Posted: 05/05/2014 at 12:22

Good advice from Frank. I wash all my pots, seed trays etc in a strong solution of Jeyes fluid as soon as the plants/seedlings are potted on and then wash everything off in clean water and dry them off before putting them away or re-using them. Always use a seed compost when sowing seeds and when using a cold frame or Greenhouse make sure you have good ventilation during daylight hours as poor ventilation contributes to damping off. Also remember to clean and disinfect any tools & equipment you use when handling plants/seedlings as spores can be transferred easily to other healthy plants causing them to fail too.

Another problem you might be encountering is soil borne pests such as slugs, snails, leather jackets, vine weevil grubs etc. treatments are available for these and if you can identify which ones you have (if you have any) ask someone at your local garden centre for advice. Taking a pot with you to show them will help them identify your problem.

HELLO FORKERS!

Posted: 04/05/2014 at 10:44
Permanent way is to silver solder a plate across the hole (One of the things I teach) not sure where you are but if you are close enough I could do it for you. (I'm in East Bristol) John H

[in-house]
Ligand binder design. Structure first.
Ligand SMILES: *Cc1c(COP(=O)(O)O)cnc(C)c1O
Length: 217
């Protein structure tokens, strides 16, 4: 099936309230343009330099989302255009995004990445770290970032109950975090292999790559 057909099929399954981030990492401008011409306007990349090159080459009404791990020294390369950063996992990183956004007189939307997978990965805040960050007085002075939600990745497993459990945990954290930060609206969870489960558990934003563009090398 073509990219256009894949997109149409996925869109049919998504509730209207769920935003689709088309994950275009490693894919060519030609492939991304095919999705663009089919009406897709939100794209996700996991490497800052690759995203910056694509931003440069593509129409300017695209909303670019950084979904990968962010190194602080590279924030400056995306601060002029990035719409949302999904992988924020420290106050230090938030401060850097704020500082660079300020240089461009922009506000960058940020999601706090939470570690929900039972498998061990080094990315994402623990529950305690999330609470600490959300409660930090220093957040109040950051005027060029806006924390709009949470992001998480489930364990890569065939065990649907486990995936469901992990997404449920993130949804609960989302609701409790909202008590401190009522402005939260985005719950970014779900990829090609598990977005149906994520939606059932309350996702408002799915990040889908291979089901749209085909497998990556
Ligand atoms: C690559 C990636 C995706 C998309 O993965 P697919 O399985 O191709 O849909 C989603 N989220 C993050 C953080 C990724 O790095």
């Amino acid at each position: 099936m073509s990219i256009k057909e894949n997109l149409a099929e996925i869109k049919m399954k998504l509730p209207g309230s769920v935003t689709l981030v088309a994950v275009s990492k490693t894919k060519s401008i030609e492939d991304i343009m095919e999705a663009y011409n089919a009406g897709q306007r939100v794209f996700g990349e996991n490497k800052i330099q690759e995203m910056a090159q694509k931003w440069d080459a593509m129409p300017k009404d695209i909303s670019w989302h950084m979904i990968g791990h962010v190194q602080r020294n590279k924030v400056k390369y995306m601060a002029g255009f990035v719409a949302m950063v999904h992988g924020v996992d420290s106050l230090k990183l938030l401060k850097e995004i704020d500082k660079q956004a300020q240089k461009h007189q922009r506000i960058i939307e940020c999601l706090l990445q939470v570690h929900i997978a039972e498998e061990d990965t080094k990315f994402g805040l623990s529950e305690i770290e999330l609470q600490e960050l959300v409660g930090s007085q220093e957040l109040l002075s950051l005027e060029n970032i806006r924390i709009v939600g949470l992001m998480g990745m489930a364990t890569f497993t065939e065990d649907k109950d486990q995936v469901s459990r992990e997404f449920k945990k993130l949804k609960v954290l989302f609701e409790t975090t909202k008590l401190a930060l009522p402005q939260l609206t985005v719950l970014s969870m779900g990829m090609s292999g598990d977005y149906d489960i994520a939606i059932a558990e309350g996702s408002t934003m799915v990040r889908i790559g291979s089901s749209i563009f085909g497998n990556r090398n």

HELLO FORKERS!

Posted: 04/05/2014 at 10:00

Hi SGL,

If you are going to plant the pot up you will need to get someone to drill a few holes in the bottom for drainage. You could add some brass chains to it (in 3 or 4 positions to prevent it turning upside down in windy conditions) and make it a hanging basket. I say brass chains (or a weatherproof cord) as any other metal will cause corrosion at the point of contact. 

A couple of plants in the middle with some trailing ones around the perimeter hanging down over the rim could look nice: depends on what colours you prefer as to what they should be of course. John H

HELLO FORKERS!

Posted: 04/05/2014 at 09:35
Another blackbird came and sat in his tree: don't know what it was that he said 'cos I don't speak blackbird, but I don't think I'd want it translated into English!

HELLO FORKERS!

Posted: 04/05/2014 at 09:29
Been out to the GH this morning and set all the plants outside that need hardening off. Lowest temp in GH overnight was 7.6
Lovely sunny morning here in East Bristol. Just sat down for a coffee. Blackbird is back up on his perch at top of Holly tree welcoming the sunshine while mrs blackbird goes grub hunting for the kids.

HELLO FORKERS!

Posted: 03/05/2014 at 18:21
Hi KEF, I love cooking as well as the garden. The meal for 50 is for our church; every first Sunday in the month we have a 'Bring and Share' lunch - everyone invited. Usually a few don't stay but about 60% do and I am one of 8 or so that Cook a major dish to be shared by all, others bring something but everything always seems to work out exactly right: no-one yet has ever gone hungry! I always prepare Gluten Free food as we have a few who are Coeliacs, including my daughter & 2 grand-daughters.
I invested In a Robinson Greenhouse last October 12 months and have never regretted the decision to buy it (about ??2,700). I had previously had cheap GH's and they were nowhere near as good as the Robinson. I'm approaching 70 now but age doesn't seem so noticeable when you're doing what you enjoy doing. John H